That's it for now. I'm very much looking forward to getting the wheels back on this girl. I'm thinking I will immediately put on the 21 tooth rear sprocket on the hub. My wife isn't going to be riding this one fast. She'll appreciate the lower gearing, at least to start out with.


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Sunday, March 6, 2011

Mixte Progress

Making some headway...  This is the bike I'm working on for a co-worker's wife.  The bars are now converted, new brake levers, shift levers, new cables and housing for both shift and brakes, new tires and tubes and general cleaning and polishing.  It is coming along real nice!

So the question is... I'm in it for a couple hundred now.  Extras MIGHT include: basket, saddle, new pedals, but would add to the cost.  Let's chat Hal..


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DL-1 Tourist: Update

Spent all day yesterday working on the loop frame. Here is a breakdown of activities and a few pics:

- I got the fork aligned. One very disappointing thing about the shipping was that the fork got bent. I took it to Recycled Cycles in Seattle and they trued it up for $20

- Got the chain off and into citrus degreaser. One nice thing about bolt on seat stays... You can take the chain off without having to separate a link

- General cleaning and a coat of Turtle Wax. The chainring had build up grease and dirt that required a wire brush on the end of a drill.

- Boxed up my 3-speed coaster brake and front hubs for shipping to Yellow Jersey in Madison.

Here are a few pics...

Here she is on the stand right out of the box from Toronto.  Hard to tell from this angle, but the form is bent a bit.  One tine is a little lower than the other.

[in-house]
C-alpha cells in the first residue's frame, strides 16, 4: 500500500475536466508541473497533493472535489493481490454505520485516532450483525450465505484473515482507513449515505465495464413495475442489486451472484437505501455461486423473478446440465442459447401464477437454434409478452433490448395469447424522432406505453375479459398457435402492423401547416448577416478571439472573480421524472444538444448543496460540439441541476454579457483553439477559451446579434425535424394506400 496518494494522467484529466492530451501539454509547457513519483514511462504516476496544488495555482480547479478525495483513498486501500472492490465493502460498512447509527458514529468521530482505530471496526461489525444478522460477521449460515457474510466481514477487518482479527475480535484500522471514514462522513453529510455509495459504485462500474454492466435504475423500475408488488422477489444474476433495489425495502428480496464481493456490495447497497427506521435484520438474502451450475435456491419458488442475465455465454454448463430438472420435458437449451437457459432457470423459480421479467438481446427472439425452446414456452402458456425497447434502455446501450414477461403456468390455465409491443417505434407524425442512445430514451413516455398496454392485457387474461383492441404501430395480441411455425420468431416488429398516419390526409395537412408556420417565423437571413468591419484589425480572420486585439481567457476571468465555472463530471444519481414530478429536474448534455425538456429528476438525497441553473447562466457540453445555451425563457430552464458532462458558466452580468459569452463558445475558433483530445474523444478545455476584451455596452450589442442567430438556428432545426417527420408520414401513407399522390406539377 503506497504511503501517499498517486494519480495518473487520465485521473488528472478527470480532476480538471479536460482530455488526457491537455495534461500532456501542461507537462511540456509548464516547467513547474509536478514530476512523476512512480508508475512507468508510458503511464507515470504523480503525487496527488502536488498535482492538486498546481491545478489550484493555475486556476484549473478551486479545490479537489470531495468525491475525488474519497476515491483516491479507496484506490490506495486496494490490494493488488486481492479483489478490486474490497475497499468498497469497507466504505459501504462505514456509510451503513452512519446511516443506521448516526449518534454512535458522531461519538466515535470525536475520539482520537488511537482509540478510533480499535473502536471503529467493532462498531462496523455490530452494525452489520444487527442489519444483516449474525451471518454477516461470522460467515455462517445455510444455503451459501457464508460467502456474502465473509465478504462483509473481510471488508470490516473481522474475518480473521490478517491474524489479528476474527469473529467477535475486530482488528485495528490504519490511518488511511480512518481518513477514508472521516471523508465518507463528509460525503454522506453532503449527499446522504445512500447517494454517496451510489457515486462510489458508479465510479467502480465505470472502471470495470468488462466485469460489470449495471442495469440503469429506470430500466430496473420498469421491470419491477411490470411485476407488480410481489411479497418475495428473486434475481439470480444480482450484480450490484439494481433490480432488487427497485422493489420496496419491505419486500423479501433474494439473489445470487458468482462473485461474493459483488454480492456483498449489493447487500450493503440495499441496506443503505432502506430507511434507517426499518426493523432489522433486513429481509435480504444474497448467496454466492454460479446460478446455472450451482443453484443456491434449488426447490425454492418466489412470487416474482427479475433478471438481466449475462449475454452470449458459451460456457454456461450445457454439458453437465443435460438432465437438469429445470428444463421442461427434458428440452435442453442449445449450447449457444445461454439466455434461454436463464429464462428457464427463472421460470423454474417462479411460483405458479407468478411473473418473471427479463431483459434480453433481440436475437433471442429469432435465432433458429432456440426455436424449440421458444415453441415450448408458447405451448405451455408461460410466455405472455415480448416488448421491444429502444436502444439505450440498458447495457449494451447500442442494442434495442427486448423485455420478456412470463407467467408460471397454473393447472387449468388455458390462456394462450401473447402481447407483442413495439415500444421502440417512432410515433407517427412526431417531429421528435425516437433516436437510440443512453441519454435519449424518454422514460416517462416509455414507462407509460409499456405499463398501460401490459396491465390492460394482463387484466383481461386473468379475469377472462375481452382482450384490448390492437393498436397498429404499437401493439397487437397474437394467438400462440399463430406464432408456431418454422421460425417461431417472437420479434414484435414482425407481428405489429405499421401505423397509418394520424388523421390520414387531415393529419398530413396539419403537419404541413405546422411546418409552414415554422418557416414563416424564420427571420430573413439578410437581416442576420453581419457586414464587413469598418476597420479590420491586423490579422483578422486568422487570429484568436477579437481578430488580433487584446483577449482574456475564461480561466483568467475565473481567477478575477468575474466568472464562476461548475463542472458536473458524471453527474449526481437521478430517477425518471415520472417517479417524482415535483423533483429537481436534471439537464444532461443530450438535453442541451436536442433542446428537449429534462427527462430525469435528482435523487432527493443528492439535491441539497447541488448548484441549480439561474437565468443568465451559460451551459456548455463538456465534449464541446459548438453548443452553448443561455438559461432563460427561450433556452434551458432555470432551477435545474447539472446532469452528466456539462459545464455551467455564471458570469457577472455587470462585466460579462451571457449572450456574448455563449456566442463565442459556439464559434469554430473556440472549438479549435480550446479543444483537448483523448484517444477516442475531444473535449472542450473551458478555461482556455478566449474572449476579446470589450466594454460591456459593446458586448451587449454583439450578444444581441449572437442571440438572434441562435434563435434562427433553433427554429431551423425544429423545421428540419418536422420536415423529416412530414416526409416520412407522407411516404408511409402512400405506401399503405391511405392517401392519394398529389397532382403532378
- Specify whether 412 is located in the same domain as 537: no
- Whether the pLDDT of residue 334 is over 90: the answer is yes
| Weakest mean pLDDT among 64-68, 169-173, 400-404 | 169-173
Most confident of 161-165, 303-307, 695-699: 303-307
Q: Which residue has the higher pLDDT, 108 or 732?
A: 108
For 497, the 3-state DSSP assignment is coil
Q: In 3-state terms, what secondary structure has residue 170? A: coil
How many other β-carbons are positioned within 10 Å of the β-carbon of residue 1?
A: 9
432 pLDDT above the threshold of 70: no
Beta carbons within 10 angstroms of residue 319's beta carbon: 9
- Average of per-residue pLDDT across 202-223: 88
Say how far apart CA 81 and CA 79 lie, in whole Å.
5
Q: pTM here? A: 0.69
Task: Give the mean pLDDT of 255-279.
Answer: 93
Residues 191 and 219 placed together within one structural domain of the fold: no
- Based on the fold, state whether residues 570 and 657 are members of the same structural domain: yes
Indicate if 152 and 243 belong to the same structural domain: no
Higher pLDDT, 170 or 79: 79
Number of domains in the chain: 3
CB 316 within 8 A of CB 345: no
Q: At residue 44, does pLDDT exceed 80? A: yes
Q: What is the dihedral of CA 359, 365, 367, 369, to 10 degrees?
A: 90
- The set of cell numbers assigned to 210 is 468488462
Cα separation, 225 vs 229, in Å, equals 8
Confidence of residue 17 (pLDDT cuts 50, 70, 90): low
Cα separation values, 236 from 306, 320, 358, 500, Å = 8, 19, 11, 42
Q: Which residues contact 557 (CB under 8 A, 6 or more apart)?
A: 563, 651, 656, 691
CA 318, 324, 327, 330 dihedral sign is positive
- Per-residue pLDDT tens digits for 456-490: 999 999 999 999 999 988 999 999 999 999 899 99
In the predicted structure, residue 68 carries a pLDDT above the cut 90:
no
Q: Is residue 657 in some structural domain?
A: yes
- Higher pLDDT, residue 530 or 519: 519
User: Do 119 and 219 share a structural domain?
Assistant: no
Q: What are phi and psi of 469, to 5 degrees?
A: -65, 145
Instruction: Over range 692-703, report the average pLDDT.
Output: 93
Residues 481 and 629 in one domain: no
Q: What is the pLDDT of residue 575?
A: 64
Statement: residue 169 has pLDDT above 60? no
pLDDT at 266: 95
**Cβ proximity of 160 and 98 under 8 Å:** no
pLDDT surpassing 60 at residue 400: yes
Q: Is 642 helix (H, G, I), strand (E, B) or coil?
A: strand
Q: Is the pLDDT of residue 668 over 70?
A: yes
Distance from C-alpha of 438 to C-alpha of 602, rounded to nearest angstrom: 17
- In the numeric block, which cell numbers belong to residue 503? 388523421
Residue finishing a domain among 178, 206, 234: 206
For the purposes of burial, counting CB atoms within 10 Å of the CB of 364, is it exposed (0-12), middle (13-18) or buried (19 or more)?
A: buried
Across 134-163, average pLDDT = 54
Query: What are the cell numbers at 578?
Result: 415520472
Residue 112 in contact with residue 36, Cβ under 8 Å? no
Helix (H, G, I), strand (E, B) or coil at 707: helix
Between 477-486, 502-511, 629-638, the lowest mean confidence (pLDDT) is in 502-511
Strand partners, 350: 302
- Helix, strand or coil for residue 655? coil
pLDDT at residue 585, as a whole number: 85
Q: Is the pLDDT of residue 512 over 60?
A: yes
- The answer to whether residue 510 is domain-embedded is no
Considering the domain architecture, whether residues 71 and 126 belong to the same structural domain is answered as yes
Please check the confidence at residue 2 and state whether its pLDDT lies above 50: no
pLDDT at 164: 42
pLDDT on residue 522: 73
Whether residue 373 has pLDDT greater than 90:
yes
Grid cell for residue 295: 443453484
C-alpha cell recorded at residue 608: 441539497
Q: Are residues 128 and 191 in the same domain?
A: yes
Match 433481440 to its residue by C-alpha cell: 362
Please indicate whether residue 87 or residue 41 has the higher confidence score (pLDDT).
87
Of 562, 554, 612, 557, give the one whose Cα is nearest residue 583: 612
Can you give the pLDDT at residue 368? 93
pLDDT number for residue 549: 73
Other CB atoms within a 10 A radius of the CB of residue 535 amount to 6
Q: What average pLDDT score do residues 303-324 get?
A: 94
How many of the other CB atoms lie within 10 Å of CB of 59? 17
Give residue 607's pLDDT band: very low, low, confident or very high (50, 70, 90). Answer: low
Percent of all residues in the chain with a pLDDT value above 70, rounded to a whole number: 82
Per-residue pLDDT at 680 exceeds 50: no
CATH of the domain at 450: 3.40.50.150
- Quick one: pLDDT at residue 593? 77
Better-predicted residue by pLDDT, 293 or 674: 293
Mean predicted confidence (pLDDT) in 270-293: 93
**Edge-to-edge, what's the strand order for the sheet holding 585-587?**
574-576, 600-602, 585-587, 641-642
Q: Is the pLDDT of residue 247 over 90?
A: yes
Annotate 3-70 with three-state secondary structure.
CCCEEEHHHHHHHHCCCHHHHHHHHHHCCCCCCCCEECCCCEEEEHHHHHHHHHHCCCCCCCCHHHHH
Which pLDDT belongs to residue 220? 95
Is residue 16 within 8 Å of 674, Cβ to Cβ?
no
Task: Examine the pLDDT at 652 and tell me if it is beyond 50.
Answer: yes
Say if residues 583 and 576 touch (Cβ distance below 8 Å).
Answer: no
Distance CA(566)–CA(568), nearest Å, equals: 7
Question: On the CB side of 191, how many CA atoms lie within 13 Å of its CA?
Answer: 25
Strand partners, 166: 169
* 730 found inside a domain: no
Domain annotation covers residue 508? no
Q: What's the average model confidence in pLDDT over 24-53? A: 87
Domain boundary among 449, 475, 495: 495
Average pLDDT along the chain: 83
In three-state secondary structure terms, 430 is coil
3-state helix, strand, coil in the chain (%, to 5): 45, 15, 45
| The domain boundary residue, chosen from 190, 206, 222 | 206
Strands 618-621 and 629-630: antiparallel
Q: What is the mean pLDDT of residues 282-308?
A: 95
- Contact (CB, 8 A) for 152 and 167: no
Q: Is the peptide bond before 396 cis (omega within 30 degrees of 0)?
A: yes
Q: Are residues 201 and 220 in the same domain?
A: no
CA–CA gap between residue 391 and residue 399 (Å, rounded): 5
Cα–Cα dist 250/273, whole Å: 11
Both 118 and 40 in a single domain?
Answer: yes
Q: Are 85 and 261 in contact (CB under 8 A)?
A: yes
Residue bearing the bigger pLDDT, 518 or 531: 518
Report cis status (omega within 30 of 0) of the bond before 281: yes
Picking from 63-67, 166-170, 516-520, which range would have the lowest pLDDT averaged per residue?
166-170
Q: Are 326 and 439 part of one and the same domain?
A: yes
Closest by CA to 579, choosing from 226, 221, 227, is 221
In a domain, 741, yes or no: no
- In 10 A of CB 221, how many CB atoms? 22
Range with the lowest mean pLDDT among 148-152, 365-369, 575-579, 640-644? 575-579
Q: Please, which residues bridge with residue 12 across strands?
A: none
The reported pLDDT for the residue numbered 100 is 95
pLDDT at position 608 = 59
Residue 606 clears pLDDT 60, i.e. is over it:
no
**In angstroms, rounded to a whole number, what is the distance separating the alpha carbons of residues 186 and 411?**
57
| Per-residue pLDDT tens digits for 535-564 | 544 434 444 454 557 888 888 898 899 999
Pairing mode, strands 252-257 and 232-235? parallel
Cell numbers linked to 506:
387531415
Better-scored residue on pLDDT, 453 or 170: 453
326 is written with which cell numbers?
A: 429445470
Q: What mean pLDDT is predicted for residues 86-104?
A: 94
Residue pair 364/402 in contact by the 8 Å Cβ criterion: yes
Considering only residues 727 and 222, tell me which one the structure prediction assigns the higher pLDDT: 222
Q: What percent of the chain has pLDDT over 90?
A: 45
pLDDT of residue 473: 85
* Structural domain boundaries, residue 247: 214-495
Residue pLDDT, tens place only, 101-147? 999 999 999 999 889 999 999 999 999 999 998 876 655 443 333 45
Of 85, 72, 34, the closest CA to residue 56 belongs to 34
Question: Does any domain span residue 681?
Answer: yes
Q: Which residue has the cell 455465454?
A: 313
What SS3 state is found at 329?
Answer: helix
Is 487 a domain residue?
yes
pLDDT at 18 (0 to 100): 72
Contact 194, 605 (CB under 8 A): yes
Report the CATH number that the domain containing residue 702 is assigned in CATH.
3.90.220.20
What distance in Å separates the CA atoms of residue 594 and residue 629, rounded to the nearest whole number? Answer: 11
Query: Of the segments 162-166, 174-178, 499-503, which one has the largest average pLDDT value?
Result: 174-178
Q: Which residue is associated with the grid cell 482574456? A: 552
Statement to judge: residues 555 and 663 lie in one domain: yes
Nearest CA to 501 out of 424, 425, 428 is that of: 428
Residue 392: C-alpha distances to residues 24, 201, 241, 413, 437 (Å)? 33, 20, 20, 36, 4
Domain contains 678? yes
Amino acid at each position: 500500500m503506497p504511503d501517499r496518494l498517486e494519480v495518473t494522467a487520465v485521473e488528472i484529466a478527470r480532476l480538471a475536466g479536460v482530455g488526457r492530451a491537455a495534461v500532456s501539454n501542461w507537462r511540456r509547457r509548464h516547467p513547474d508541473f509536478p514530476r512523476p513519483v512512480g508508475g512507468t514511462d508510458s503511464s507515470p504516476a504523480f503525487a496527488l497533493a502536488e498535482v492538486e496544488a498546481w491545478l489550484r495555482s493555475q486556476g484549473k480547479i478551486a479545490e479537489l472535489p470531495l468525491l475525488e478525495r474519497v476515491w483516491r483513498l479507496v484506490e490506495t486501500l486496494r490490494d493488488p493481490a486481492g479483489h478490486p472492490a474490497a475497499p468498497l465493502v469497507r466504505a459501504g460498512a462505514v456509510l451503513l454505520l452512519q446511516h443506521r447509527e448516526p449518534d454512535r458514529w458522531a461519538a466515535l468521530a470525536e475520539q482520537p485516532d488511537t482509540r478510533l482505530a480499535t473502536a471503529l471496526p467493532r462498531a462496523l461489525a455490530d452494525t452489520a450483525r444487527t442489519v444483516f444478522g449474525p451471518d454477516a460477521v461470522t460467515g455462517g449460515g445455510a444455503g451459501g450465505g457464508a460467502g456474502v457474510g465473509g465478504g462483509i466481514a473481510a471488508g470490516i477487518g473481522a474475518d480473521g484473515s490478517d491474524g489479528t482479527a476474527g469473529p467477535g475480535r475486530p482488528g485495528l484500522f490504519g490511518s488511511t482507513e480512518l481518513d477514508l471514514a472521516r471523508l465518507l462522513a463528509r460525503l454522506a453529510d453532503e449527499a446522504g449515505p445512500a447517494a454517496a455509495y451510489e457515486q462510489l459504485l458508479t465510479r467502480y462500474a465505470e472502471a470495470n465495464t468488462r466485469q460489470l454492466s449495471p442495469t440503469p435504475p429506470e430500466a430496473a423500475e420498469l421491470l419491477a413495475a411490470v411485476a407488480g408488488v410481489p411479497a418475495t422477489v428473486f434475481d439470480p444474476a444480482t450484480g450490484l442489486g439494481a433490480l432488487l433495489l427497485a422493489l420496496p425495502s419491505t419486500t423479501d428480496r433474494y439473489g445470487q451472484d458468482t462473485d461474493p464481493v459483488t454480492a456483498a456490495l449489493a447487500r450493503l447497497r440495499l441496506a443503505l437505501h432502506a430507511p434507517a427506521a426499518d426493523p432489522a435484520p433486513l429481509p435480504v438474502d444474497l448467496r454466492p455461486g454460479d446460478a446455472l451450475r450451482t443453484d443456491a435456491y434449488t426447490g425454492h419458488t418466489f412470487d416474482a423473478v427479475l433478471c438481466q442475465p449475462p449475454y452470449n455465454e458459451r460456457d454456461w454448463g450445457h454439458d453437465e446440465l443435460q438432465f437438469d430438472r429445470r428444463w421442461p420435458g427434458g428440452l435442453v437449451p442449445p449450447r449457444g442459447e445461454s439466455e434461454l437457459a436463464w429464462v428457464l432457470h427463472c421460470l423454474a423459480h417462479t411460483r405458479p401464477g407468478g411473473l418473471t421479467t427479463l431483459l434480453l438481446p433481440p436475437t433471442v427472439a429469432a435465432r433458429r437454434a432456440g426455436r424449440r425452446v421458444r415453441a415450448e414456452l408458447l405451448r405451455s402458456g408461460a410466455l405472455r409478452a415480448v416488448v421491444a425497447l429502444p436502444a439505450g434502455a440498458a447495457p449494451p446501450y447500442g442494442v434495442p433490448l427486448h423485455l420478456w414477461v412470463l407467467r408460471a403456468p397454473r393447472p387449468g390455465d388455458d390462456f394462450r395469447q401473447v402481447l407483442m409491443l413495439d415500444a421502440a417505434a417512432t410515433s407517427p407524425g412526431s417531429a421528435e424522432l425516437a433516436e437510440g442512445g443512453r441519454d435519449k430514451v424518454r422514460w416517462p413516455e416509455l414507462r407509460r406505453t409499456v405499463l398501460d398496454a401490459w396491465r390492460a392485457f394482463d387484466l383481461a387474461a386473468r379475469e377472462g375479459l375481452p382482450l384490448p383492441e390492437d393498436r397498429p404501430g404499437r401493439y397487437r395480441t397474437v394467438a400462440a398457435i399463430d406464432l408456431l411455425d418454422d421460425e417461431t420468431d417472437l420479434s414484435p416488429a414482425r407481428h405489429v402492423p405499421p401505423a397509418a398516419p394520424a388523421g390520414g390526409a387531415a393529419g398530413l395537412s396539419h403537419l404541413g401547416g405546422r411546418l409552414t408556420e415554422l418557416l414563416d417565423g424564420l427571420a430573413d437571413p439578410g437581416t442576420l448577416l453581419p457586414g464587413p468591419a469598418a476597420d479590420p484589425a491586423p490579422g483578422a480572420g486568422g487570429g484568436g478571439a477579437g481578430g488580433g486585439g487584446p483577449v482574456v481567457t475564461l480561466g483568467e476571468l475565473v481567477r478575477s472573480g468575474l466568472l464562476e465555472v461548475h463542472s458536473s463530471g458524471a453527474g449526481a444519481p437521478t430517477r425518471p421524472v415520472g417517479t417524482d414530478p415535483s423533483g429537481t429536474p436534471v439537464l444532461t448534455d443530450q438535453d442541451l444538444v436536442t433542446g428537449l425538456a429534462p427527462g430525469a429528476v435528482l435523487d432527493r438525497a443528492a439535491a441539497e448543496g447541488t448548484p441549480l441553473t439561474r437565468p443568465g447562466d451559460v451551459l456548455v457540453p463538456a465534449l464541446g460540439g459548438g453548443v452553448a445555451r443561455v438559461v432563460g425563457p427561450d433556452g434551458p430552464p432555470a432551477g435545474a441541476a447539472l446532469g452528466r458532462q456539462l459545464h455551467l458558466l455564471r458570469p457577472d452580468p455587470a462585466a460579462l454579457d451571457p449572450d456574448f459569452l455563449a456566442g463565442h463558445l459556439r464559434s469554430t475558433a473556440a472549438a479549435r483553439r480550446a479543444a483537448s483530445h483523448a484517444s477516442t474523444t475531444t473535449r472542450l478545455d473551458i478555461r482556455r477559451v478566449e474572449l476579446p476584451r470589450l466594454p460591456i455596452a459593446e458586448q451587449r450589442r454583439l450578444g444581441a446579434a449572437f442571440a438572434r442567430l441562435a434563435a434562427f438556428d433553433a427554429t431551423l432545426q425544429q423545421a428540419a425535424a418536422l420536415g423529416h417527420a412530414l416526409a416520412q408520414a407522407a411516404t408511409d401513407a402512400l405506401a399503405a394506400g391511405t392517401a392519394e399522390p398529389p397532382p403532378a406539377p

Here is the SA 3-speed coaster hub in the frame with the chain on it.  The chain looks serviceable, but desperately needs to be degreased, cleaned and lubed.

Fork, stem/handlebar unit  and chain removed.  The bottom bracket spins freely and since I do not have the tools to remove it and repack the bearings, I'm leaving it as is.

Here is a view of the frame from the head tube down... The headbadge was lifted up a bit on the right side (as you ride the bike) so I used some maximum strength construction cement and clamped it down.  Worked pretty well.  I had to trim a bit of residual off the frame.  You can see the many scratches... My current plan is to just leave them as is and not try and repair the finish.  I've never had good luck doing this.

Looking down the chainstays.  Look at the grease and dirt!!

The crank arms are pristine... no rust, just dirty grease.  They polished right up with my favorite tool... WD-40 soaked 000 steel wool!

Here is the bad part... The paint has taken a real beating.  There is pitting all over the frame, scratches and nicks.  The frame is true - no dents or bends though.

Since the back wheel is gone, I cannot date this girl.  There is no serial number that I can find either.  The cable stop and the cable roller are plastic though (I've already ordered the steel replacements for these parts from Gentleman Cyclist)  The chain guard is "hockey stick" and there are NOT braze ons on the frame to hold it on.  According to Sheldon's guide, this places it in the 1962-1967 range.  The finish decals are identical to my DL-1 Gents version, which according to the hub is a 1980.  Did they keep the decal set the same for all those years??

The fork (now true) and hockey stick chainguard

There is a bit of rust on the brake levers that doesn't clean up completely with WD-40 and steel wool... too bad... but it isn't that noticable.

The shifter looks dirty, but workable.  It's missing the plastic cover... luck I have a nice one left over from a Twenty rebuild!!

Here are the grips... in cream.  They are pretty stained and dirty.  I wonder what would clean these up??